She later encouraged them to revive and conserve the weaving art in their community.
Grandma Nguan says that all families in Ban Puek in the past used cotton that they bought at a local market, but that all ended during World War II due to shortages.
Before World War II, Grandma Nguan would have woven three to four pieces of 3m-long cotton fabric for sale at Ang Sila Market every fortnight. A sarong required 3m of fabric and a pha khao ma needed 1.5m.
"During World War II, there was no cotton thread for sale, so I stopped weaving. After that, I cooked and sold khanom jeen nam ya and khanom jeen nam phrik, but still wove textiles for my family. Two women later came to learn from me how to weave," she recalled.
To earn extra money, she hired a few local women to weave Ang Sila cloth for sale at local markets until she was 70 years old. The price gradually rose from 28-30 baht to 130 baht per piece, while the wages accounted for 30% of her income.
Grandma Nguan has two sons, two grandsons and a great-grandchild, but none of them are interested in weaving. Fortunately, she taught two local women, including a relative, Sai Sermsri, how to weave Ang Sila fabrics. Sai passed away three years ago after she had taught a number of local women and school students, so there is still hope for the art to be carried on.
"If there is no more weaving, I feel sorry because I like to weave. In the past, all families in this village wove textiles for use as pha khao ma, sarongs and shirts. Recently, Kamnan Sem Inthachote and his wife who leads a weaving group sent their members to learn from me and will weave textiles for sale," Grandma Nguan said.
According to Malin, leader of Ban Puek Women's Group, every woman in Ban Puek wove in the past. But most women there did not have weaving machines. Instead they wove in a local style by weaving between two pillars under their stumped wooden houses. Later, old-style weaving machines were introduced to the community.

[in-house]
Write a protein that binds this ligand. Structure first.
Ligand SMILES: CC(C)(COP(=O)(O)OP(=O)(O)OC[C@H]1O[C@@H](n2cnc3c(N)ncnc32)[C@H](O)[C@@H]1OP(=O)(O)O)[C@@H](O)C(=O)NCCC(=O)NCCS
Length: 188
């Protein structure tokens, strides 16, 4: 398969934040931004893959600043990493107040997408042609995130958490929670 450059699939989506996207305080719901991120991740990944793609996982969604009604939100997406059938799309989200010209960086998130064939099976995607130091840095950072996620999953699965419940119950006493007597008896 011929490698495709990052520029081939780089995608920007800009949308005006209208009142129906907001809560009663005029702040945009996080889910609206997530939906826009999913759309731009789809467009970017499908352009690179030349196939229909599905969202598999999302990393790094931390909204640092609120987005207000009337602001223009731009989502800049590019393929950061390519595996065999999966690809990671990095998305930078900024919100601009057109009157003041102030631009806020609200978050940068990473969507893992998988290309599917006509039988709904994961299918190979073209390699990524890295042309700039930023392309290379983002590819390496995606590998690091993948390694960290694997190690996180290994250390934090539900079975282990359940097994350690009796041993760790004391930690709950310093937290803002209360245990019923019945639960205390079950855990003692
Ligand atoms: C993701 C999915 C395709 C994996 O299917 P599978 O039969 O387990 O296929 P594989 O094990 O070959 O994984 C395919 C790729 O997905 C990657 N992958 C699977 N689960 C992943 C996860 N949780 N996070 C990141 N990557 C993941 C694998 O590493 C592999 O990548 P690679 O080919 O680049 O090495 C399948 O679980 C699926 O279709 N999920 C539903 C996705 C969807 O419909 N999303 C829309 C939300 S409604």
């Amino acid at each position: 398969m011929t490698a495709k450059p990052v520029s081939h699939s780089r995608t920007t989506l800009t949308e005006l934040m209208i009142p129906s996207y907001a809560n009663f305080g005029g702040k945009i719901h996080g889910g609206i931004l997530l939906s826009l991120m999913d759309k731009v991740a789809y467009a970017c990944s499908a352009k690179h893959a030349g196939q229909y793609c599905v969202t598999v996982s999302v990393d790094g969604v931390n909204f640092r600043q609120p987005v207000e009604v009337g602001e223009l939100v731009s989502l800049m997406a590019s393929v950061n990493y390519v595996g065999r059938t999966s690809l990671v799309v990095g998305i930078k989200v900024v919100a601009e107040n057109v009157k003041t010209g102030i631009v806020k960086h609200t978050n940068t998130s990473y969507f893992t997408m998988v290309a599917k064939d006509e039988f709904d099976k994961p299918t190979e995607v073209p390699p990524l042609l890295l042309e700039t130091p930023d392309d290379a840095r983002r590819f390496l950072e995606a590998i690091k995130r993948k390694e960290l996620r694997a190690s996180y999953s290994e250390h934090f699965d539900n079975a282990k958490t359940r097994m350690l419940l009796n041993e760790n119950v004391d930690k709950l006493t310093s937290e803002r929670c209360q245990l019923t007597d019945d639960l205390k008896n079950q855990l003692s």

Although weaving was a dying art at Ban Puek, the late Sai regularly taught it to a number of students at Wat Mai Ket Ngam School for five years. It has become a practice for all students to wear shirts tailored from Ang Sila cotton once a week. However, after Sai died three years ago, the art was almost forgotten.
Fortunately, the princess' words of support inspired the Ban Puek Women's Group to conserve the art of weaving. The group gathered six weaving machines in their community, and for more than six months about five local women have been learning how to weave from Grandma Nguan.
"We use old Ang Sila fabric woven by Grandma Nguan and her student Sai as samples," Malin noted.
When these women are good enough, the group plans to weave cotton textiles and produce related products such pha khao ma, shirts and dresses for sale. They aim promote the wearing of Ang Sila shirts among all officials in Chon Buri once a week.
"It would be a shame if there was no more weaving here. I want to see people conserve hand-weaving, but very few people do. Doing other jobs earns more money than weaving," Grandma Nguan said sadly.
Some Ang Sila cloth.
Related search: Chonburi
About the author
- Writer: Pichaya Svasti
Position: Life Writer